Wheatly plays Jazz City riff, with Aberdeen sponsorship

October 12, 2010

Once an adman, always an adman. Richard Wheatly has moved on a bit since his days as chairman of Leo Burnett – to become, by the look of it, Britain’s foremost jazz entrepreneur. But he’s still a dab-hand at targeting an audience.

Wheatly, who recently reacquired digital radio station Jazz FM in a management buyout, plans to launch his company on the stock exchange. And what better way to warm up his investment audience than another series of Jazz in the City – a one-hour programme broadcast from 6-7pm every Monday evening? To underline the point, he’s managed to persuade Piers Currie, Aberdeen Asset Management’s marketing chief, to sponsor the programme and Stevie Spring, chief executive of Future, Sir Stuart Rose, formerly executive chairman of M&S, Charles Dunstone, founder of Carphone Warehouse and TalkTalk, Caroline Daniel, FT Weekend Editor and Peter Cruddas, ceo CMC Markets, to appear in it.

Wheatly – himself an accomplished jazz pianist – has already made one fortune from resurrecting Jazz in the mid nineties, floating it, then selling it on to Guardian Media Group for £44.5m six years ago. Clearly he has another one in view.


The greening of chief executives

June 1, 2009

Sir Terry LeahyIt was to have been Sir Tel’s big week. Ahead of a ground-breaking speech at the London School of Economics advertising Tesco’s wholehearted commitment to green innovation, its chief executive had lined up a couple of showcase initiatives.

First up is the trial of electric-car charging facilities, and shortly afterwards Tesco will announce that it is building ‘the world’s first zero-carbon store’ in Cambridgeshire.

Then along comes Greenpeace and pours acid rain on Leahy’s parade with a report insinuating that Tesco, and numerous other famous brands, have been encouraging illegal destruction of the Amazon rainforest by sourcing their meat from unscrupulous ranchers who have systematically climate-raped the region.

Leahy’s predicament is typical of that facing many chief executives of major brands. How do you reconcile the provision of value for money with the broader communitarian needs of your customers – and not find yourself in the dock accused of hypocrisy?

The answer, if you are a progressive business leader, is that sometimes you cannot. But many judge the risk well worth taking; indeed they believe they have no real alternative but to embrace sustainability as an integral part of their corporate social responsibility programme. Despite the fact that it may consume a considerable part of their management time; and sometimes turn them, reluctantly, into figures of controversy.

That’s why a number of leading UK businessmen – among them James Murdoch, Justin King of Sainsbury, Ian Cheshire of Kingfisher, and Carphone Warehouse’s Charles Dunstone – recently wrote a letter to The Times openly proclaiming their opposition to Government plans for a third runway at Heathrow. Even though the project might, in the short term, create new jobs; even though their opposition also brought them into conflict with their natural constituencies at the Confederation of British Industry and the British Chambers of Commerce.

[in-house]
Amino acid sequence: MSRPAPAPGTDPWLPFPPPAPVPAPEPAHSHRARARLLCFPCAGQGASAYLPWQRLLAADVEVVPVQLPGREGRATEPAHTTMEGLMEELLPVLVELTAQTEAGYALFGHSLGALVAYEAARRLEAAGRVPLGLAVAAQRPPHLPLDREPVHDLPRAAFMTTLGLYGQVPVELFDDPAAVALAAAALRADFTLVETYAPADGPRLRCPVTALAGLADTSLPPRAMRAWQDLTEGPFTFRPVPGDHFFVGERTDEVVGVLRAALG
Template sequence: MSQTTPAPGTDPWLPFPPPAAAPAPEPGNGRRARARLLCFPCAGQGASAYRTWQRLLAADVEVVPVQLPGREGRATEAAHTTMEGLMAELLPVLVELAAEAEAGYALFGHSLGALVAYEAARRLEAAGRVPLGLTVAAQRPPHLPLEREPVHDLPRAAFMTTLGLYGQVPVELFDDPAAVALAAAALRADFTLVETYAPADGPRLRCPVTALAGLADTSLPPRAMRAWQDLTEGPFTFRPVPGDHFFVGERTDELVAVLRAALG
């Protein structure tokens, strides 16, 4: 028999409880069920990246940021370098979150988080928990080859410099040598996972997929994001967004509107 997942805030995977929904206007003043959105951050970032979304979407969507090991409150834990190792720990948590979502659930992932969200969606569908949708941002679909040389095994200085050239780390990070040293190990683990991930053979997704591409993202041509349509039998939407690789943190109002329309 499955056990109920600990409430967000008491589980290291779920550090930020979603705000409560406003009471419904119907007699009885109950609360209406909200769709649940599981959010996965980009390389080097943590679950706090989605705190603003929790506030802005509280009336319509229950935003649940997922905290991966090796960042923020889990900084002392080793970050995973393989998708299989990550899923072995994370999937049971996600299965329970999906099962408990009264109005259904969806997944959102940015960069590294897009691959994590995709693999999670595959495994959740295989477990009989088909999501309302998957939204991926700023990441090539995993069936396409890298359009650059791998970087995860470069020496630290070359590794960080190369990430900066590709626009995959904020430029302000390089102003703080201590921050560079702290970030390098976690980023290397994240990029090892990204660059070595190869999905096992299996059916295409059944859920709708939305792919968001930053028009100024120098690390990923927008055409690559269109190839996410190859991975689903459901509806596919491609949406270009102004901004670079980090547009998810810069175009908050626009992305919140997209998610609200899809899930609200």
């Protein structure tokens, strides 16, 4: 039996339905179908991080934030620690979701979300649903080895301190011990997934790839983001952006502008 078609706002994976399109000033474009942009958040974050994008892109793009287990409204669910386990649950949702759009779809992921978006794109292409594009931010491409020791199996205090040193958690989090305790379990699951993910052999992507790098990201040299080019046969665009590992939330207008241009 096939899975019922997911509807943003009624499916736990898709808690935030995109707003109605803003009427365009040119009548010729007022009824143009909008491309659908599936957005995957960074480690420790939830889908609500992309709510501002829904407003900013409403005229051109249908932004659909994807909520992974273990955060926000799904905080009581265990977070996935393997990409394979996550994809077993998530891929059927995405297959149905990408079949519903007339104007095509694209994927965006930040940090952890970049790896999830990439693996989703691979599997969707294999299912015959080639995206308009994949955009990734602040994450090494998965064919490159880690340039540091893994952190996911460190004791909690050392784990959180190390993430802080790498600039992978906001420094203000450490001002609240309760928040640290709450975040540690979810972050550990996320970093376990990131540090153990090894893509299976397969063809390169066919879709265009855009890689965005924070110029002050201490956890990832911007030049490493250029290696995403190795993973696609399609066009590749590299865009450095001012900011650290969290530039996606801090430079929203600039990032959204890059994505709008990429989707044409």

Mostly, however, espousing the cause of sustainability is a lot less controversial. Last week, for example, Cheshire helped to launch Eat Seasonably, an initiative aimed at persuading people to eat fruit and vegetables at their “seasonal best”. It’s the first leg of a two-year programme masterminded by himself and National Trust director-general Dame Fiona Reynolds which, with the backing of both Government and non-governmental organisations, will focus not simply on the food we eat, but the way we run our homes, what we throw away, what we buy and how we use transport.

I asked Cheshire why he was prepared to make such a commitment to the cause. And how he found the time to do it, on top of running a FTSE 100 company.

More in the column this week.


A tale of two retailers

May 8, 2009

 

A Dickens of a dilemma

A Dickens of a dilemma

It was the best of times; it was the worst of times. It was the age of wisdom, it was the age of foolishness.

“The old adage is: make your move in a downturn and profit in an upturn,” says Andy Street, managing director of John Lewis. Street and his boss Charlie Mayfield are putting their money where his mouth is by launching up to 50 “pocket” stores in the midst of the recession. We don’t know what they’ll be called yet, but we do know that they will contain electrical goods, furniture and kitchenware, aimed at taking share from the likes of Ikea, DFS and Currys.

Now compare and contrast Best Buy, the giant US electrical retailer that owns half of Charles Dunstone’s Carphone’s retail outfit. Best Buy’s aggressive European expansion strategy seems to be shrivelling before very eyes. The plan was, you’ll recall, to open 100 mega consumer stores in the UK by 2013, starting this year. First we’ve had the plan postponed to next spring, now we’re told it is to be scaled back to 80 stores. Robert Willett, chief executive of Best Buy International, is still talking the talk, but this looks like a serious tactical withdrawal to me.

Either Willett is right to be cautious, or Street is right to be bold. OK, they appeal to slightly different markets, but there is overlap. One of them must be wrong, but which?


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